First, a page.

Editorial Article

HIV/AIDS and the Global Pandemic: 30 Years Later!

Manoj Pardasani
Fordham University Graduate School of Social Service, USA
*Corresponding author:

Manoj Pardasani, Fordham University Graduate School of Social Service, USA, Email: mpardasani@fordham.edu

In 1984, research groups led by Dr. Gallo, Dr. Luc Mon-tagnier at the Pasteur Institute in Paris, and Dr. Jay Levy at the University of California, San Francisco, all identified a retrovirus as the cause of AIDS. Each group called the virus by a different name: HTLV-III, LAV, and ARV, respectively (The AIDS Institute, 2017). In the 33 years that have passed since that discovery, HIV/AIDS has continued to make an indelible impact on people around the world. Despite advances in prevention efforts, screenings, testing and medication management, the epidemic remains a significant public health crisis. According to UNAIDS (2016a), at the end of 2015, approximately:
☛ 36.7 million people globally were living with HIV;
☛ 2.1 million people became newly infected with HIV;
☛ 1.1 million people died from AIDS-related illnesses; and
☛ 1.9 million adults have become newly infected with HIVevery year since 2010.

The scourge of HIV/AIDS has had a devastating and irreparable impact on communities worldwide. While scientists are working feverishly to find effective treatments for it, a cure has not yet been found. Thus, all current efforts are focused on prevention, early screenings and testing, providing antiretroviral treatments and increasing access to all who are affected by it. Despite the steady number of new infections each year, progress has been made on many fronts with reference to education, raising awareness and increasing the commitment of governments and global organizations to fight this epidemic. However, significant challenges remain. The following challenges need to be addressed in order to enhance the lives of those affected by HIV/AIDS and prevent others from becoming infected by it:

(i) structural inequalities in access to care;
(ii) continued stigma associated with the disease;
(iii) reaching vulnerable and marginalized populations;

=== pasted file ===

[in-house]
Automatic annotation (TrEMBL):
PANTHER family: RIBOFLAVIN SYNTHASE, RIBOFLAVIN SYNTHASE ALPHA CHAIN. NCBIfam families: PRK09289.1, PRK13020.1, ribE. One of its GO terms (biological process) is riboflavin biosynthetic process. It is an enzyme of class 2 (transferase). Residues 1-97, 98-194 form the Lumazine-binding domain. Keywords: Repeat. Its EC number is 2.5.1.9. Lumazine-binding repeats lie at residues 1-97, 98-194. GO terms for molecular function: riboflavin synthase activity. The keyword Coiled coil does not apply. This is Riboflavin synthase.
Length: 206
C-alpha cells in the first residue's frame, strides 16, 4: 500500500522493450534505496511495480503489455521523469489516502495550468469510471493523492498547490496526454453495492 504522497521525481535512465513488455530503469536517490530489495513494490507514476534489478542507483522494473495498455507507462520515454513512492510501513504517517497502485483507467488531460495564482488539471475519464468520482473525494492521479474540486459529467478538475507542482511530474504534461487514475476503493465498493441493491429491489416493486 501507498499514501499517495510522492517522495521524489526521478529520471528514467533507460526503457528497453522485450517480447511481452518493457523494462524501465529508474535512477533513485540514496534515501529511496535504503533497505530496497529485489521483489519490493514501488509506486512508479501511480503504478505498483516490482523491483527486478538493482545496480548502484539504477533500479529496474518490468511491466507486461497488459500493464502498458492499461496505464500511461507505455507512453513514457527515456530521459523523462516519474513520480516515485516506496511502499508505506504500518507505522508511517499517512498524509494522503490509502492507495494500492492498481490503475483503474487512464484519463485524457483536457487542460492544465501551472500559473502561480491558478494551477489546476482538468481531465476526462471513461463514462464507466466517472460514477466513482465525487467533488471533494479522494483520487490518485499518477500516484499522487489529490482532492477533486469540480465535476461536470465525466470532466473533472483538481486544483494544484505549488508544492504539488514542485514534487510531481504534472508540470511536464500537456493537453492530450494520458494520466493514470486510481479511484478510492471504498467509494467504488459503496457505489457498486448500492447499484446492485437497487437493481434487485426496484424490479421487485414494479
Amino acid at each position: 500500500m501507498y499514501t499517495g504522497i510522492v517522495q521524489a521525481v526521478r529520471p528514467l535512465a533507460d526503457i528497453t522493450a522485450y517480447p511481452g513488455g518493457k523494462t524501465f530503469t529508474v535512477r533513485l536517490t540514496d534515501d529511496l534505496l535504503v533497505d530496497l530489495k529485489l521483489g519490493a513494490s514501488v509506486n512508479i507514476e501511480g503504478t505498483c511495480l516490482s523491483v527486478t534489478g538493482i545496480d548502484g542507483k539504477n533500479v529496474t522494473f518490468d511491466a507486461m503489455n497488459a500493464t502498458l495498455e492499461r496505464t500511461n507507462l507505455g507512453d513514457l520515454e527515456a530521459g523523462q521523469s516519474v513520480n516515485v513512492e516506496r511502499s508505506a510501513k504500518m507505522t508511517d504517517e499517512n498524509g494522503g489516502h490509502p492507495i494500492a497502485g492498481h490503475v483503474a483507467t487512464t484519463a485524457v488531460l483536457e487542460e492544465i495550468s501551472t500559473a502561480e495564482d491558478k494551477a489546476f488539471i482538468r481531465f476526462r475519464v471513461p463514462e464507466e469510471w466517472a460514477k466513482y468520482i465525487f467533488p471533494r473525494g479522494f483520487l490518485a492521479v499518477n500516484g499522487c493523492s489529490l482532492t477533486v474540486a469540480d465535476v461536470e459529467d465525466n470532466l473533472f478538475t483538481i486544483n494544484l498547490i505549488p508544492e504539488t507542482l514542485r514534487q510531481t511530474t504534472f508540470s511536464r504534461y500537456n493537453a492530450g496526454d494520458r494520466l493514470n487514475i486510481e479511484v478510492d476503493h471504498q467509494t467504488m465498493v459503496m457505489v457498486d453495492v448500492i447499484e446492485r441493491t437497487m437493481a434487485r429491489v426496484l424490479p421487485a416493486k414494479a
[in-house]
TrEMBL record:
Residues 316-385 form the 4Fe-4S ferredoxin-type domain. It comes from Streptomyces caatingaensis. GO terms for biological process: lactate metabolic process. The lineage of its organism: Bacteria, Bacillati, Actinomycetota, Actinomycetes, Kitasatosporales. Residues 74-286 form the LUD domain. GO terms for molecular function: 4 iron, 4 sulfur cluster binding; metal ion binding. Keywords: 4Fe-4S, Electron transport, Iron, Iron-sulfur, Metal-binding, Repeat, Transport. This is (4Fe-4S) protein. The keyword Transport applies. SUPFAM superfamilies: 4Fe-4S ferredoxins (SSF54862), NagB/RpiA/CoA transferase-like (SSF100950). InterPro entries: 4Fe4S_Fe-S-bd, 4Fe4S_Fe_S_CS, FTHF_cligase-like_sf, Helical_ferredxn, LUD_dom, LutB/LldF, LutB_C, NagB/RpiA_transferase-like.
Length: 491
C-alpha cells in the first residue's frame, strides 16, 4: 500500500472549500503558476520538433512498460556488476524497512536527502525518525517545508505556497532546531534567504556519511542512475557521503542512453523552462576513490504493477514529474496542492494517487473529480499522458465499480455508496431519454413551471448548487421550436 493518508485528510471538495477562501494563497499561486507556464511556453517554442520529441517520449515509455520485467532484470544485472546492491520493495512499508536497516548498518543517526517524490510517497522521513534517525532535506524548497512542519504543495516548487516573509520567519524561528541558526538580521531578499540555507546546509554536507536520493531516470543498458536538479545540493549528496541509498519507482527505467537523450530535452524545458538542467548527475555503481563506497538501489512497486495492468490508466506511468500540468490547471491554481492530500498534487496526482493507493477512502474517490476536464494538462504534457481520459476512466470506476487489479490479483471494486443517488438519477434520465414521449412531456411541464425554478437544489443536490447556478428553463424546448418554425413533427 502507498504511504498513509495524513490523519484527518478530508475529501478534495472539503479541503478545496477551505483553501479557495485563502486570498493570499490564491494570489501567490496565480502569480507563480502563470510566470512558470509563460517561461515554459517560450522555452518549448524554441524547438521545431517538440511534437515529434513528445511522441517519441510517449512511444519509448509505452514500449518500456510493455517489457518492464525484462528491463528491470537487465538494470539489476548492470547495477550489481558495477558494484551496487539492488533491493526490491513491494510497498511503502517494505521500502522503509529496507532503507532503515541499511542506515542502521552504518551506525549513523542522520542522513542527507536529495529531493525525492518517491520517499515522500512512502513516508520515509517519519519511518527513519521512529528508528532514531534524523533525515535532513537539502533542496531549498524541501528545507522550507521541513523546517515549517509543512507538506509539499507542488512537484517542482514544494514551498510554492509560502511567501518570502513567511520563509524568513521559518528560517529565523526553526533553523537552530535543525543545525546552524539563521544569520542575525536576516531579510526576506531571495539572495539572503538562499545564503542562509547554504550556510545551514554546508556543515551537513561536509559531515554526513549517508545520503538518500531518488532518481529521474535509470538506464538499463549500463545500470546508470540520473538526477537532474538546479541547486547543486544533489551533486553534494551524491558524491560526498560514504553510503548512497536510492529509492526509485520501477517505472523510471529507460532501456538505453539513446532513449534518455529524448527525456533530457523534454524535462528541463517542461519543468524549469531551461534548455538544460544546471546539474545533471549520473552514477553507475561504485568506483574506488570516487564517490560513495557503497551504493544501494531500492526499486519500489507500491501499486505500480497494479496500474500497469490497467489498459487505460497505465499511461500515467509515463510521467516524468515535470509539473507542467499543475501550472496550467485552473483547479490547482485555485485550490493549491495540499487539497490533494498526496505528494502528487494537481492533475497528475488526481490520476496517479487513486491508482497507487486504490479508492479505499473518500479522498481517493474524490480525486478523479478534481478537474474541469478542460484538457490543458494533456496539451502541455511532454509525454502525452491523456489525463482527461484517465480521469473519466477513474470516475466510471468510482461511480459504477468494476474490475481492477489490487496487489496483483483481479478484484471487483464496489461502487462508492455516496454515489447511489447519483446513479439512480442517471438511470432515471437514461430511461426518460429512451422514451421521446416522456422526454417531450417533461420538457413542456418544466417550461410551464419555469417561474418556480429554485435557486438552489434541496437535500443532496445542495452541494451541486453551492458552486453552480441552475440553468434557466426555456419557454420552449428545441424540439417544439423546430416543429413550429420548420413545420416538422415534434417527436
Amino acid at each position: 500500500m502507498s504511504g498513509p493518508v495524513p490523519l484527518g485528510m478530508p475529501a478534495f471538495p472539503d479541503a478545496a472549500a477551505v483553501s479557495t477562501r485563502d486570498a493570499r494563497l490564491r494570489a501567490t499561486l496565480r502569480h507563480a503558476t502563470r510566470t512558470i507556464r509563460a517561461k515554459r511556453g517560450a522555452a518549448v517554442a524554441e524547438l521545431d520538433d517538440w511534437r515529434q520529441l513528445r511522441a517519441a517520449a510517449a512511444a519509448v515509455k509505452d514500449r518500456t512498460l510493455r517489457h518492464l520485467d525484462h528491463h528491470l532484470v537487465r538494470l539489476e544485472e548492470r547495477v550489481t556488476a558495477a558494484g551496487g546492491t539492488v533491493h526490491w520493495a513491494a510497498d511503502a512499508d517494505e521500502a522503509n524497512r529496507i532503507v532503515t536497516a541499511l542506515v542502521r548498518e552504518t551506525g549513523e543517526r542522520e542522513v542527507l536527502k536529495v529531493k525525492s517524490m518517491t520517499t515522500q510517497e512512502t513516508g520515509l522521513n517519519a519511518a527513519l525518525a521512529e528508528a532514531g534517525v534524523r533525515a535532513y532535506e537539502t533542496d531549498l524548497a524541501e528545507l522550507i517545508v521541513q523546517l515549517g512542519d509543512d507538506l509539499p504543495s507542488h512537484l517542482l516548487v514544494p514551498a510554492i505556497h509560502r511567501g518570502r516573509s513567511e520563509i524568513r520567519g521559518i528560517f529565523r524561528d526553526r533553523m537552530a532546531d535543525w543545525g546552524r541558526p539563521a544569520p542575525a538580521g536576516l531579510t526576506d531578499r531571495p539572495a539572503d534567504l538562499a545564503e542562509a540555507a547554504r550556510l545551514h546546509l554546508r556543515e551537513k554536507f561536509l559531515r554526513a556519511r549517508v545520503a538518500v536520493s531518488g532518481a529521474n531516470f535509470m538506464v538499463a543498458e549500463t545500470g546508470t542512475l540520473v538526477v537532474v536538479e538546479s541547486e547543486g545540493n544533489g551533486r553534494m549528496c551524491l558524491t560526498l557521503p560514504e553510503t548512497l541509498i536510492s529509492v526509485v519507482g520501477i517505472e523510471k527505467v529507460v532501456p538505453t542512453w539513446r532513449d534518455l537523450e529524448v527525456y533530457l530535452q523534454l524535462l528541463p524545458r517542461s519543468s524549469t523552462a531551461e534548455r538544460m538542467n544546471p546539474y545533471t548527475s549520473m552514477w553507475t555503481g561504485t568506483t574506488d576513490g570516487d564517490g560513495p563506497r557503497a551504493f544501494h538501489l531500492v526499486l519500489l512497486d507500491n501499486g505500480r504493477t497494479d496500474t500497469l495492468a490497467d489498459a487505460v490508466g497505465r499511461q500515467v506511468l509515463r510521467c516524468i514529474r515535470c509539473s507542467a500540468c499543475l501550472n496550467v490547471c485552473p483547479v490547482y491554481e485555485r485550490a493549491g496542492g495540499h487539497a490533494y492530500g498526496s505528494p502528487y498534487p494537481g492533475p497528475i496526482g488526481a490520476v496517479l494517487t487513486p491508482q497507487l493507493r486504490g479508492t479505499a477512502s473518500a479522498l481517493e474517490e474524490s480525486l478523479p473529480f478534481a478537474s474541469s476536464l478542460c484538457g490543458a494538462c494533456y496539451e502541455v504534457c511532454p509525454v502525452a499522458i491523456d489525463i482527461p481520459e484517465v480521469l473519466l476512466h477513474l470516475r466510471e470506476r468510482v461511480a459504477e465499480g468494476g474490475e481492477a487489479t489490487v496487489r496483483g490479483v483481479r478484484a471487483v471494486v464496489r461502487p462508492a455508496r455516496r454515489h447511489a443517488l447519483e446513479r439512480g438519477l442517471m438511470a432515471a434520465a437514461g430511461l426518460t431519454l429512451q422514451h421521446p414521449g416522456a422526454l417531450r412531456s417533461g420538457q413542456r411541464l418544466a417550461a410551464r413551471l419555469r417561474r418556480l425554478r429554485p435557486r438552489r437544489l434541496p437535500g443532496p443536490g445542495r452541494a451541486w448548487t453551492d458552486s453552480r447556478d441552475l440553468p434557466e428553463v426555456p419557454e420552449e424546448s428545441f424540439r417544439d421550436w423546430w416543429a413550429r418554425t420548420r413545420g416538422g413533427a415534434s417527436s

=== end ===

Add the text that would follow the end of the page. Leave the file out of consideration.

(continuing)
(iv) addressing the diverse bio-psycho-social and economic needs of those living with HIV/AIDS;
(v) educating the younger generation; and
(vi) promoting inter-disciplinary efforts.

The global distribution of the HIV pandemic is uneven and its impact on the developing world has been dispropor-tionately higher. In 2014, a UNAIDS report revealed that just 15 countries accounted for more than 75% of the 2.1 million new HIV infections [1]. Of the estimated 37 million people living with HIV, 19 million reside in eastern and southern Africa, 6.5 million reside in eastern and central Africa and 5 million reside in Asia [2]. In sub-Saharan Africa, just three countries—Nigeria, South Africa and Uganda—account for 48% of all new HIV infections [1]. Additionally, there are an estimated 2.4 million people in Western Europe and North America, 2 million in Latin America and the Caribbean, and 1.5 million in Eastern Europe that live with this disease. In South America, Brazil represents the largest number of people living with HIV in Latin America and accounts for 40% of all new infections in the region [2]. Despite its small population size, the Caribbean has the second-highest HIV prevalence globally after sub- Saharan Africa [2]. In Asia, China, India and Indonesia – account for around three-quarters of the total number of people living with HIV in the region [3]. In Eastern Europe, the vast majority (85%) of people living with HIV in the region live in Russia and Ukraine [4].

Poverty plays a critical role in determining access to preventive screenings, medications, social services, adher-ence to treatment and outreach. The countries located in Sub- Saharan Africa, Latin America, the Caribbean and Asia, most impacted from HIV/AIDS, lack the resources needed to comprehensively address the pandemic. Ac-cording to UNAIDS, in 2015, US$ 19 billion was spent in low- and middle- income countries with 57% of the total HIV resources in these countries coming from their own domestic budgets. This means that nearly $4 out of every $10 spent on the disease in the developing world comes from other regions. The rising numbers of new HIV infec-tions in many countries means that US$ 26.2 billion will be required for an effective response to the epidemic in 2020 [3]. Despite their best efforts at increasing testing and ac-cess, many developing countries continue to struggle with providing comprehensive outreach, education, healthcare and support services to individuals affected by HIV/AIDS and their families. Frequently, attention is paid to women and children, but individuals from stigmatized groups (such as gay men, sex workers and injection drug users) may fall through the cracks or be limited in their access.